Update : January 29, 2019

Main content starts here.

Kagoshima Craftwork




INDEX

|Authentic Oshima Tsumugi Silk Fabric | Kawanabe Buddhist Altars | Satsuma Kiriko Cut Glass | Tin Ware | Satsuma-yaki PotterySake Set (Flasks and Cups to serve Sake) | Bamboo Products | Satsuma Boxwood Combs | Japanese Samurai Armor | Blades and Razor Tools | Tane-basami Scissors | Yaku Cedar Products | Traditional Local Toys |

 

Authentic Oshima Tsumugi Silk Fabric

The Oshima Tsumugi silk is meticulously produced by hand through a process with more than thirty steps.
With a dyeing method derived from Japan’s oldest dyeing technique, this beautifully colored woven fabric’s unique mud-dyeing technique and ikat patterns are its distinctive features.

Kawanabe Buddhist Altars

Kawanabe Town in Minamikyushu City has long had a close relationship with Buddhism as seen in the Buddhist images carved on stone walls, and the hidden Nenbutsu or Buddhist invocation.
The Buddhist altars made in this area are critically acclaimed for their splendor and durability. The seven steps of woodwork, engraving, altar, metalwork, lacquering, painting, and finishing touches, are done almost entirely by hand.

Satsuma Kiriko Cut Glass

Chinese overlaying colored glass techniques were fused with European glass cutting methods to produce this delicate and graceful cut glass masterpiece.
Developed by the 28th lord of Satsuma, Shimadzu Nariakira, the technique faded out with his death for a period. However, more than a hundred years later, the mysterious and beautiful sparkle was revived and came to be known nation-wide as a representative craftwork of Kagoshima.

Tin Ware

In 1655, tin was discovered in the suburbs of Kagoshima City. As the value of tin was on par with that of gold and silver at the time, it was an important financial resource for the Satsuma Domain.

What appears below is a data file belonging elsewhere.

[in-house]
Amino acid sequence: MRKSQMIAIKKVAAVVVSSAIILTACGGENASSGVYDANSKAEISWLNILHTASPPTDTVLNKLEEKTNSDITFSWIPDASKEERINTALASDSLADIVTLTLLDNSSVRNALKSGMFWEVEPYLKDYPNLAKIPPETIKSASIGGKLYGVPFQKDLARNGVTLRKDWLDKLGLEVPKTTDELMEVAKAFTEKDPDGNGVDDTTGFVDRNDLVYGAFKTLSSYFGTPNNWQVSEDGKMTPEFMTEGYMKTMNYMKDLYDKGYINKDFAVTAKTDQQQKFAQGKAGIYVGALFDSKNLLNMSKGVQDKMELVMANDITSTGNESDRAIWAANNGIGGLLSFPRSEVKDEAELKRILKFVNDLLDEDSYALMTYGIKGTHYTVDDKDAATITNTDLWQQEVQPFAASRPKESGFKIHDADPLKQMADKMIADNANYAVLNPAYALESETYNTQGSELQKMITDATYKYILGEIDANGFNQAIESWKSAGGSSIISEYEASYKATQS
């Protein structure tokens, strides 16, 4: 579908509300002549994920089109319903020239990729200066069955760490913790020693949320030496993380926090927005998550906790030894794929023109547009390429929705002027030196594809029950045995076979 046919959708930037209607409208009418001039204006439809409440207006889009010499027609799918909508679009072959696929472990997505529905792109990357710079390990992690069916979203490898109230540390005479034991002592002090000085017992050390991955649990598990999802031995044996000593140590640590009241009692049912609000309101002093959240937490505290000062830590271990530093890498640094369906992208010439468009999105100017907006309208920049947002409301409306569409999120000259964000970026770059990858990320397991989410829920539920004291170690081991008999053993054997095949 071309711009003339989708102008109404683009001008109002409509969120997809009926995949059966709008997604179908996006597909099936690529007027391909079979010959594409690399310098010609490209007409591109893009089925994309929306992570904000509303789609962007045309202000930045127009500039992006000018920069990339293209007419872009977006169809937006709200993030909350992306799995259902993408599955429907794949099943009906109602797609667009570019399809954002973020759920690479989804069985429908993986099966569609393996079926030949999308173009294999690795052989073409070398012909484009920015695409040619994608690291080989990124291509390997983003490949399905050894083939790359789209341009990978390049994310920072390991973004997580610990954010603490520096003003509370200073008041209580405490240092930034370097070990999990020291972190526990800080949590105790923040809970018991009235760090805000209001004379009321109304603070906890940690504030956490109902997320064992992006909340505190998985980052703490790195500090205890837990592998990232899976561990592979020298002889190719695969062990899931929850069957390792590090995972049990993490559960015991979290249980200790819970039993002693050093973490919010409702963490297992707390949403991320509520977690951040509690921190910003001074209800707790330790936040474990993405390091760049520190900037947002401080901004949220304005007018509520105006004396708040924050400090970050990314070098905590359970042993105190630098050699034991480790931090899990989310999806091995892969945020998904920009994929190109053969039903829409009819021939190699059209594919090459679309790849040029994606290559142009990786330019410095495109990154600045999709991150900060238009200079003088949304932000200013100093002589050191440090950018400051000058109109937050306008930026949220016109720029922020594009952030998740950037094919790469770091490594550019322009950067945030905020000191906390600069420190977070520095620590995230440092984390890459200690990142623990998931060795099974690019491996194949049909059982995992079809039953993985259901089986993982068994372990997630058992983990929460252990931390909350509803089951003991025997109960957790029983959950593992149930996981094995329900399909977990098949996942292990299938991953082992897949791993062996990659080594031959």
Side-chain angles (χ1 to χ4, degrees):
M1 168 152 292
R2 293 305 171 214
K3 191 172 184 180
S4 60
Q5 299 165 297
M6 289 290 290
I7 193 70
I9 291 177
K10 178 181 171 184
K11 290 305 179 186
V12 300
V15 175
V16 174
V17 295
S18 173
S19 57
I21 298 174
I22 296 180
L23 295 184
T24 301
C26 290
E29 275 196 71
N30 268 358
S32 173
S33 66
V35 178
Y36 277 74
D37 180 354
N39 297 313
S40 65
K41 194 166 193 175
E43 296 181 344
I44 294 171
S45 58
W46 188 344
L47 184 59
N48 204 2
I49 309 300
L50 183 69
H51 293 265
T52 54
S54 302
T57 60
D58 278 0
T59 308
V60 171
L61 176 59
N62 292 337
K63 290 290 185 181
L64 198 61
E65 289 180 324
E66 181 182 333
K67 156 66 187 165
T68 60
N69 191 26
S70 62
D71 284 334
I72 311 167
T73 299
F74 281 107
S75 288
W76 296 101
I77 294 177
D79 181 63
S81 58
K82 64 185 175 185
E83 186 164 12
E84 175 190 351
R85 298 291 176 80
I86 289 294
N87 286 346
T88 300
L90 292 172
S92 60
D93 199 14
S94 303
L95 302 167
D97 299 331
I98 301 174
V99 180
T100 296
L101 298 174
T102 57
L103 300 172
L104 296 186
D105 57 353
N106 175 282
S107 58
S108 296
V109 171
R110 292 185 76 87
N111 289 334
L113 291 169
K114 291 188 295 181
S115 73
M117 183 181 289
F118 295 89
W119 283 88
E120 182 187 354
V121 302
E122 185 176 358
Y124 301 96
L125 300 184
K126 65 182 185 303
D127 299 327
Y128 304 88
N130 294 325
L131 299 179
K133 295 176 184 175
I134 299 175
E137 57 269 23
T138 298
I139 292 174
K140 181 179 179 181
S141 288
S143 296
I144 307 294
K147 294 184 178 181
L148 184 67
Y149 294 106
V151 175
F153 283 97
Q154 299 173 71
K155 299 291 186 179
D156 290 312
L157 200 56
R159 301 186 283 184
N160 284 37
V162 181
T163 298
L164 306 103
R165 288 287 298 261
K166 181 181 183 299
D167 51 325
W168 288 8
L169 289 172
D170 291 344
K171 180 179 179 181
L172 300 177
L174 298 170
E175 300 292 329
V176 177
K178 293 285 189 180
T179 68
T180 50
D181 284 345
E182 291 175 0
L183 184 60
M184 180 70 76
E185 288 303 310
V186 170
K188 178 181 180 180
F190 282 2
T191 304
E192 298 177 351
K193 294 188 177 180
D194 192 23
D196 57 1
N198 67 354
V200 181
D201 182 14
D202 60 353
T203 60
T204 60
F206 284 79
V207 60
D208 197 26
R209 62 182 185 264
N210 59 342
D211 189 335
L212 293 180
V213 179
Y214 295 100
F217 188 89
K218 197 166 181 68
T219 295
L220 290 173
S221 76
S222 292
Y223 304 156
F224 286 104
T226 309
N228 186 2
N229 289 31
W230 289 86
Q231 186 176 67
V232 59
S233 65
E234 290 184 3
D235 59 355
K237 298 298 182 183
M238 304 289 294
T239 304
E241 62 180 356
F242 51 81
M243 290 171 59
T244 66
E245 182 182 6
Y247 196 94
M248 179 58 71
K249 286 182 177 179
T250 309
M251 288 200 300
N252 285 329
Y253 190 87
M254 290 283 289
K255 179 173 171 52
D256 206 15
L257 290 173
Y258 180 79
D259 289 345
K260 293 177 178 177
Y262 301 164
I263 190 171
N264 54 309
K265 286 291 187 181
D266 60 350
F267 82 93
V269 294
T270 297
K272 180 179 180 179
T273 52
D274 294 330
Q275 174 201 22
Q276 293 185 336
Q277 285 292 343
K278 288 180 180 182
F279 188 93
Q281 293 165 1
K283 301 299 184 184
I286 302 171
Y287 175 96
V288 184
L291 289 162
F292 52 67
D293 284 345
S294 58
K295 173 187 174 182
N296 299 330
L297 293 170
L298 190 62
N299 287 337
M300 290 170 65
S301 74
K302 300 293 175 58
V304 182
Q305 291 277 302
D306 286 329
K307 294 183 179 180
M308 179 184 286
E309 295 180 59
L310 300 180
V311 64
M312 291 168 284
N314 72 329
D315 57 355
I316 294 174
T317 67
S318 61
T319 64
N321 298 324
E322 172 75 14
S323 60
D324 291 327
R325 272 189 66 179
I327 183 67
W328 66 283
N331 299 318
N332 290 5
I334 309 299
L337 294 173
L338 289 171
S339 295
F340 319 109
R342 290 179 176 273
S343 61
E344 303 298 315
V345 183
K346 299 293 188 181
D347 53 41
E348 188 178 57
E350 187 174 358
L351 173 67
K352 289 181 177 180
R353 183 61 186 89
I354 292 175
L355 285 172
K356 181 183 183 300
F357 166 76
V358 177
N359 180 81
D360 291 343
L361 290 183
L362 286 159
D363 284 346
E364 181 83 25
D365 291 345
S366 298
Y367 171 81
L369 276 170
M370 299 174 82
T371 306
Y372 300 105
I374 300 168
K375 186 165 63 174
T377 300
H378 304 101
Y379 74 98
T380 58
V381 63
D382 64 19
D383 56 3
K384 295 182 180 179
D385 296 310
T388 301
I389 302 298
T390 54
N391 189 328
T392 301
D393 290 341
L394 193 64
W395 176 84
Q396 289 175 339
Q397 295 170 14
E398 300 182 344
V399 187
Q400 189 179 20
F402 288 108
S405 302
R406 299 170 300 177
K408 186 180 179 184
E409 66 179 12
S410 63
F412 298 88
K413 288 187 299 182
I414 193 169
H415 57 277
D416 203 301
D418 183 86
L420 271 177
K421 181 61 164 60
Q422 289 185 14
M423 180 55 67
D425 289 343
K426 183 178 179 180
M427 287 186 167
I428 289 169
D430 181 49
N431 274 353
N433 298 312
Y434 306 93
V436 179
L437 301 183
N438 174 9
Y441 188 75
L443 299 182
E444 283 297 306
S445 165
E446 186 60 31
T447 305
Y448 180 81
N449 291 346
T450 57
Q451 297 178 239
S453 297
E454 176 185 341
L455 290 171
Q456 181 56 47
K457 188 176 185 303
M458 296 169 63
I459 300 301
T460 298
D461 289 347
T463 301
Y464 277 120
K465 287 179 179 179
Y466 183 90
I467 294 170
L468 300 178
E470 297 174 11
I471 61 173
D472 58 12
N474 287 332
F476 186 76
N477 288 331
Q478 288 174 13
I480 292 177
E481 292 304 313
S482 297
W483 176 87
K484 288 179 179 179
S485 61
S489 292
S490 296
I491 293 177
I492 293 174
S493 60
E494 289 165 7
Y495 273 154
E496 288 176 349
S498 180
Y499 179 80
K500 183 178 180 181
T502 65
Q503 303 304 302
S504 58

As lifestyles changed after World War Two, demand waned, but its use has become popular again thanks to a special finishing technique called pear-skin finish and its soft luster and weighty feeling.

Satsuma-yaki Pottery

Refined and graceful White Satsuma, simple and warm Black Satsuma.
The crafting of Satsuma-yaki pottery began more than four hundred years ago, when Shimadzu Yoshihiro brought potters back with him from Korea.
There are kilns all over the prefecture, including Miyama, the original home of Satsuma-yaki pottery, as well as Kagoshima, Ibusuki, Kajiki, and Kirishima.

Sake Set (Flasks and Cups to serve Sake)

In Kagoshima, the kingdom of "authentic shochu liquor", there are many Satsuma pottery vessels for holding shochu liquor such as the Kuro-joka earthen pot for direct heating, or the liquor bottle with a spout known as Karakara. Among these vessels, Sorakyu has an especially unique shape. Due to its round bottom, when one drinks from this cup, one has to finish all of the shochu before it can be set down. Sorakyu was named after the toast, and is a combination of "Sora", meaning "here", and "kyu" meaning "bottoms up."

Bamboo Products

Kagoshima, with the greatest area of bamboo forests in Japan, has a long history with bamboo. Moso bamboo spread throughout the nation from Kagoshima, and it has been used here since ancient times for making everyday items such as baskets, sieves, and fishing tools.

This tradition is kept alive in a number of locations around the prefecture where bamboo is still used to make baskets, flower vases, rice wine caskets, pot hangers, chopsticks, screens, etc.